Other things to consider in someone with vague abdominal pain include an aortic aneurysm that has torn, inflammation of the stomach or intestines (with or without ulceration), appendicitis, diseases of the biliary tree (either related to gallstones or not), liver disease, pancreatic disease, as well as infectious gastroenteritis, acid reflux or functional dyspepsia (tummy ache — not otherwise specified).

Taking Pulses Manually

In 1985, the Advanced Trauma Life Support (ATLS) handbook included a set of guidelines to estimate systolic blood pressure in the setting of acute blood loss, based on the presence or absence of carotid, femoral and radial pulses.

There has been significant debate about these guidelines, with a series of letters and articles in the British Medical Journal around the year 2000 criticizing the ATLS handbook for making numerical estimates without solid evidence, citing studies with significant variation in blood pressure, despite identical pulse findings.

I believe the result of that discussion was that whether or not feeling pulses predicts a numerical value in one person compared to another, it certainly can be followed in one person over time, especially when associated with any changes in symptoms, mental status and the overall clinical picture.

By taking this man’s radial pulses and speaking with him, the physician in the case above was able to tell he was in an abnormal heart rhythm but that his brain was still getting enough oxygen to maintain his mental status at that point. She knew a medical response was necessary but that CPR need not be started.

Had his pulses been asymmetric, she might have been more concerned about disease process in the vasculature, and if he had had peripheral edema, distended neck veins or increased work of breathing, she may have been concerned that his heart was not able to move blood forward at a rate that kept up with what it received from the veins.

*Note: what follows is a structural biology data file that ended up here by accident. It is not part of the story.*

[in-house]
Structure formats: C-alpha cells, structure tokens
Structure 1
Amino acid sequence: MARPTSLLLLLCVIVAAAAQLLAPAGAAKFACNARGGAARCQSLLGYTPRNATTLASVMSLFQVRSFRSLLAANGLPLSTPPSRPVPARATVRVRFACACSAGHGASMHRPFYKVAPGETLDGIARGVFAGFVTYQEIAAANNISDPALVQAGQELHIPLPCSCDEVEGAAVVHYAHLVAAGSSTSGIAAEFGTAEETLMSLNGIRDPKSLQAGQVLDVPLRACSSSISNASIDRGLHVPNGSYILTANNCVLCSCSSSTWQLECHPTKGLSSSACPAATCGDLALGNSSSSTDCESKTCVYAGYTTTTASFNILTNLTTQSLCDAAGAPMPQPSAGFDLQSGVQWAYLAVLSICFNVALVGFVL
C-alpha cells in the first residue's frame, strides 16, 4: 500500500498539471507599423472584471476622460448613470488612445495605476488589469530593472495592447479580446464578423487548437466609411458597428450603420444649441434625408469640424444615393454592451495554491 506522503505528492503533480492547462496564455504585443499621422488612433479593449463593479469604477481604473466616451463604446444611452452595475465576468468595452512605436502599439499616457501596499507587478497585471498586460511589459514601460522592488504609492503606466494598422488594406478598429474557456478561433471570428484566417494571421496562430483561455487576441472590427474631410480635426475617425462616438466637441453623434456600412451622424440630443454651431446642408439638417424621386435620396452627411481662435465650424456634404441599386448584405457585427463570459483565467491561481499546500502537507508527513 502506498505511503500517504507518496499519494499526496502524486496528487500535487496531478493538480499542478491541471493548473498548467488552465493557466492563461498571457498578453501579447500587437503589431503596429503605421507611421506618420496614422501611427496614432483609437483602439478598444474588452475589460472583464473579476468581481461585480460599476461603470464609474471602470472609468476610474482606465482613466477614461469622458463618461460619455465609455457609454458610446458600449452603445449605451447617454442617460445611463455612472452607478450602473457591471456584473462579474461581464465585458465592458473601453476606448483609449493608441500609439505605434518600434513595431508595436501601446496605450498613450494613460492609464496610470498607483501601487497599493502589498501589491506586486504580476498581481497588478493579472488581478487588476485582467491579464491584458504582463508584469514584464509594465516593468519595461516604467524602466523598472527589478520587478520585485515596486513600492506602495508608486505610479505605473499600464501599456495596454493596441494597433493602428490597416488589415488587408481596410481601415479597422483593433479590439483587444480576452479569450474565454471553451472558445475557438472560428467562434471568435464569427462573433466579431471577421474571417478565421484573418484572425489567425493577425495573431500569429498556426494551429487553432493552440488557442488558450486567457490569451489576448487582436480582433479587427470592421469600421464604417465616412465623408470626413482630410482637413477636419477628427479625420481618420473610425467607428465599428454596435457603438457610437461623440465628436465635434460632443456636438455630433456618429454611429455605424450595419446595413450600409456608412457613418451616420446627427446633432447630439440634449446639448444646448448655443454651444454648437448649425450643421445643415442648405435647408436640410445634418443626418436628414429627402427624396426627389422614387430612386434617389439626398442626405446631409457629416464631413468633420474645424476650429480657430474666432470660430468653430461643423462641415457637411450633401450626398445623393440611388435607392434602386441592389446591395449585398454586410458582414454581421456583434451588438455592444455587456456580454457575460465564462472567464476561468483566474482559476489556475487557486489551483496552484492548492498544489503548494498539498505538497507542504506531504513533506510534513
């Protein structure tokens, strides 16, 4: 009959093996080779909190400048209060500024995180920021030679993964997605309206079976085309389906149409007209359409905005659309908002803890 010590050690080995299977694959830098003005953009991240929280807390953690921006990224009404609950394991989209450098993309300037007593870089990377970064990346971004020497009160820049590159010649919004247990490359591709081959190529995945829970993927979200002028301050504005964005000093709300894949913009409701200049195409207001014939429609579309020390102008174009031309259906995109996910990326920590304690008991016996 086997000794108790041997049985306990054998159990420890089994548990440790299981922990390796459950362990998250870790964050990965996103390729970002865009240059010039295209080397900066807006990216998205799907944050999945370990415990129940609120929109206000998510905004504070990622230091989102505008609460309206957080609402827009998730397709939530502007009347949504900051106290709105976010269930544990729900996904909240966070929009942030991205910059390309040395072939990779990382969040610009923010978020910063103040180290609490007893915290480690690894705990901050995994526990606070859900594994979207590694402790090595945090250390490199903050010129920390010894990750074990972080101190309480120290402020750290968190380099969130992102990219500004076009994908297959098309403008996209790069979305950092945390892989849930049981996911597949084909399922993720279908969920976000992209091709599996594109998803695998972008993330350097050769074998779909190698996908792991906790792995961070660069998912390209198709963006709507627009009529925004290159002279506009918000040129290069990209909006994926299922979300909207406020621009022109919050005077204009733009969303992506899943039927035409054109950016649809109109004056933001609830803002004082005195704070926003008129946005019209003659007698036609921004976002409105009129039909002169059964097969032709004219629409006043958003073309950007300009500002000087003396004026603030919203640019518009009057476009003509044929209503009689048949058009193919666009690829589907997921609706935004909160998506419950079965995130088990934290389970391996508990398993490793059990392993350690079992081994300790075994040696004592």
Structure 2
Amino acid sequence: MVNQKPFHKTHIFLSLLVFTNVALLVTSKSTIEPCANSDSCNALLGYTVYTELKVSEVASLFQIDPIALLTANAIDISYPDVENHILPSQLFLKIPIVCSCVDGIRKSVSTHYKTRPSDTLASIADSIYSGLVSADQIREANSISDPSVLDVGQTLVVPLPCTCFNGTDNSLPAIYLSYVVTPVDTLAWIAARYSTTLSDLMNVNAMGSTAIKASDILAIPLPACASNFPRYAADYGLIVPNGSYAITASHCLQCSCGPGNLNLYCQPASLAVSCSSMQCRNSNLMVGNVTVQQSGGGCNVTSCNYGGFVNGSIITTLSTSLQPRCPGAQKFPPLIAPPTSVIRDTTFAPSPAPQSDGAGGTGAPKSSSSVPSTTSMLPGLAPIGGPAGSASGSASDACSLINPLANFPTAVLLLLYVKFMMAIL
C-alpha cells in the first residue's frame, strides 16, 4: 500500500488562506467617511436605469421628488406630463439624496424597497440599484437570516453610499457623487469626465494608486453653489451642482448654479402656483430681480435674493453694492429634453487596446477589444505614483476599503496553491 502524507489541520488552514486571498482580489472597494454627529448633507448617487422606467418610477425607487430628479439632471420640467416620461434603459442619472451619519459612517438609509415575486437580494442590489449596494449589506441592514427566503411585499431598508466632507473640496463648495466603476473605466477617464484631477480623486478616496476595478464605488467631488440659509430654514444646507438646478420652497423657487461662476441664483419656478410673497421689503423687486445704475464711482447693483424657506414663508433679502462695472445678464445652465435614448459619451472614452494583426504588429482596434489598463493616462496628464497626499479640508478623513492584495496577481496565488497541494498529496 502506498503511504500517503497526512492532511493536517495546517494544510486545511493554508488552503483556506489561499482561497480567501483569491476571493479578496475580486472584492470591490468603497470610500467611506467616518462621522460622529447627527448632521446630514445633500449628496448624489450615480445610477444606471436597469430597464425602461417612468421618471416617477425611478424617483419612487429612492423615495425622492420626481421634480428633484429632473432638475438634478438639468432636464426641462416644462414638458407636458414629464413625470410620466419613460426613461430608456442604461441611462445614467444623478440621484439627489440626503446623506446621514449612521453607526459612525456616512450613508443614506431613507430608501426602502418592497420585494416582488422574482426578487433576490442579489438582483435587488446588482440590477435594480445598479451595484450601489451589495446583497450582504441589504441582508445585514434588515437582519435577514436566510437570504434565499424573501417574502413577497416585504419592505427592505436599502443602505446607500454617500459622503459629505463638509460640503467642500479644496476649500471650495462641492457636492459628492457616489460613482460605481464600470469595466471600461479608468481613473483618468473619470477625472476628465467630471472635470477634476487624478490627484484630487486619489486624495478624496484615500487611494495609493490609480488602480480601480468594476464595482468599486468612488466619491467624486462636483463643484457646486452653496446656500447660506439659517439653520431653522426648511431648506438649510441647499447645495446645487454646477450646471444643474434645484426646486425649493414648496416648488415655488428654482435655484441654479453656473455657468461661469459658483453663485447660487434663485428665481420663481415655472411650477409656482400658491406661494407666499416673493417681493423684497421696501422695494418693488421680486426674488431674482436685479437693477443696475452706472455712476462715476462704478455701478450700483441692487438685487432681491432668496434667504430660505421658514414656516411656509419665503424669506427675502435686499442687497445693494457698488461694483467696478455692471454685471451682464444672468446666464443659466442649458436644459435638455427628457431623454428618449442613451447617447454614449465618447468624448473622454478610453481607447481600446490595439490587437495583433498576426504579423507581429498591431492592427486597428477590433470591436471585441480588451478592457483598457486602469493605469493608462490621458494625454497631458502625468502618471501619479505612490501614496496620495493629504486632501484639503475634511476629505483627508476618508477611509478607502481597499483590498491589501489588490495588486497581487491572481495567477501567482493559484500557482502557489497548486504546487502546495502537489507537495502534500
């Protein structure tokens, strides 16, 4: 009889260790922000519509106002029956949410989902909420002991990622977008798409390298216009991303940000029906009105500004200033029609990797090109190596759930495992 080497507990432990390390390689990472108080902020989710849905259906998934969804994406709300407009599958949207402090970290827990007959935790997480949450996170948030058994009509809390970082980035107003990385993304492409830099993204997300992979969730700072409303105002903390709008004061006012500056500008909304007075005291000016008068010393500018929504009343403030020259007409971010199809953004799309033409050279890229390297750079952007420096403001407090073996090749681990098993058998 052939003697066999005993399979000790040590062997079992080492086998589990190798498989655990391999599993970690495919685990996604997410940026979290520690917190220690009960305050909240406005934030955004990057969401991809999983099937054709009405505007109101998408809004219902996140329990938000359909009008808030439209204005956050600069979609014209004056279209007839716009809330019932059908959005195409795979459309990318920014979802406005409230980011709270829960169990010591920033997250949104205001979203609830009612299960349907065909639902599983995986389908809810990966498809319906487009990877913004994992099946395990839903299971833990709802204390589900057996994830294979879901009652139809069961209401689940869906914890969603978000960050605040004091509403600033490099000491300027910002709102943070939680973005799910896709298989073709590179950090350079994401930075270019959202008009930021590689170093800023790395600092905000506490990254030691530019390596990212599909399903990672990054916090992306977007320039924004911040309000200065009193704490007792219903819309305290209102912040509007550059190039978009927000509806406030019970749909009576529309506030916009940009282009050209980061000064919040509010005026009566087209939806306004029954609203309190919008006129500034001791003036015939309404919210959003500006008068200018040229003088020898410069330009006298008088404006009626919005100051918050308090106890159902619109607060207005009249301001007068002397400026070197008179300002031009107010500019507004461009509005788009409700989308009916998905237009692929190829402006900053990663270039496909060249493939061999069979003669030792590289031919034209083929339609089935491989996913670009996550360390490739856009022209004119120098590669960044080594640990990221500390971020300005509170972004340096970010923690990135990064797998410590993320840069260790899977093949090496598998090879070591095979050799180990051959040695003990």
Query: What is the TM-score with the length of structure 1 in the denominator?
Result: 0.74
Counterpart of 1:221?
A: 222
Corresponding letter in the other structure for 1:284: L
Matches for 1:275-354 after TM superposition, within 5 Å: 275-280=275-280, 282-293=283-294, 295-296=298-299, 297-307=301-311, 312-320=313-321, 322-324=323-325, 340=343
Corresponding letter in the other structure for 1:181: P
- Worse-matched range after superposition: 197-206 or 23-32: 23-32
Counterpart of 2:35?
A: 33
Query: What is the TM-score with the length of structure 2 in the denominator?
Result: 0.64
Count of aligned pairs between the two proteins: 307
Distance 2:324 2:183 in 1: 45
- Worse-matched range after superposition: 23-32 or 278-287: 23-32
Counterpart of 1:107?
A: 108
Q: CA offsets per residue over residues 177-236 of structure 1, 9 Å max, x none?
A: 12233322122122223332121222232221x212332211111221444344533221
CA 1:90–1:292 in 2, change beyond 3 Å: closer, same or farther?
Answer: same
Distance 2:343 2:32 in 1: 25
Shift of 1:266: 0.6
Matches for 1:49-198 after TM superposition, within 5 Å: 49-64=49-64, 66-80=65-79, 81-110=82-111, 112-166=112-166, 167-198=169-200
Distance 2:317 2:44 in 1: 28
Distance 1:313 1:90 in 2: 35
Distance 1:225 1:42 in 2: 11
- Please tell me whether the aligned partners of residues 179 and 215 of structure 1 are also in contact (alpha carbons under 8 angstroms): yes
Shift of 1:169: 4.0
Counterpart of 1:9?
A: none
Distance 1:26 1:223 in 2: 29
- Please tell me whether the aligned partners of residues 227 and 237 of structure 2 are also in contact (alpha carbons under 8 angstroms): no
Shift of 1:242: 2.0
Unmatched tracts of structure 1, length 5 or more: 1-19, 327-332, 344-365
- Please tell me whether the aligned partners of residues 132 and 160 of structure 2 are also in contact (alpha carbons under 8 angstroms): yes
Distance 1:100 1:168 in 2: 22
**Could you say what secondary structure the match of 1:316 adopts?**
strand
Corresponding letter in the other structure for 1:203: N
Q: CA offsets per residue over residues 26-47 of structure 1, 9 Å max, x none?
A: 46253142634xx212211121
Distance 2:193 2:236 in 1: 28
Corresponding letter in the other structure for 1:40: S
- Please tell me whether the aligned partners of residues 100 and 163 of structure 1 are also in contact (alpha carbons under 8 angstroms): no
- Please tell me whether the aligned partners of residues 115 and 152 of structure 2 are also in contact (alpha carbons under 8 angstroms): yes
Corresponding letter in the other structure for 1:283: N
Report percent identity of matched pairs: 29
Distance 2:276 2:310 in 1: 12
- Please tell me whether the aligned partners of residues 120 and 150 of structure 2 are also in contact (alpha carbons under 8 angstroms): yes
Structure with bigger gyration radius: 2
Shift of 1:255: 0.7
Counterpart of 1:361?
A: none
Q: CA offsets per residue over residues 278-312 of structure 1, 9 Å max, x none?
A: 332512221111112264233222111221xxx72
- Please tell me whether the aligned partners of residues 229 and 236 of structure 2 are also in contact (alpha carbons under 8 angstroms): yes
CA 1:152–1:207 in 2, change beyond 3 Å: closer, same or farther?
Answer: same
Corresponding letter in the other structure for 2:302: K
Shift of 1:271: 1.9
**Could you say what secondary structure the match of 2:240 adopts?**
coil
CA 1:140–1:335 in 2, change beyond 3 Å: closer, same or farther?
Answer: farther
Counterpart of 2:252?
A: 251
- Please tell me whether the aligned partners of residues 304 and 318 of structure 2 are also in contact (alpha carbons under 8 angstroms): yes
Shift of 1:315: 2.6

From very early in a developing clinician’s training today, heart rates are measured by assistants, determined by pulse oximeters or by automated blood pressure cuffs. For this reason, the vascular exam is often abbreviated or even skipped by students.

The learning point for the day is that it is useful to take pulses manually on as many patients as you can throughout your training, to get a sense of the range of normal and abnormal in location, timing and quality.

A very easy mistake to make is to push too hard while trying to feel a pulse (especially a weak one), which can lead to feeling your own pulse in your fingers. I find it useful to use to my index and middle finger, slightly compressing the artery proximally (closer to the heart) with one finger and feeling for the pulse with the other.

Whether you are a budding physician, dentist, nurse or pharmacist, take that extra minute to practice this while the stakes are low and you can compare to the automated measurement. In an emergency without any instruments, having faith in your fingers to inform clinical decision-making comes from this fund of experience.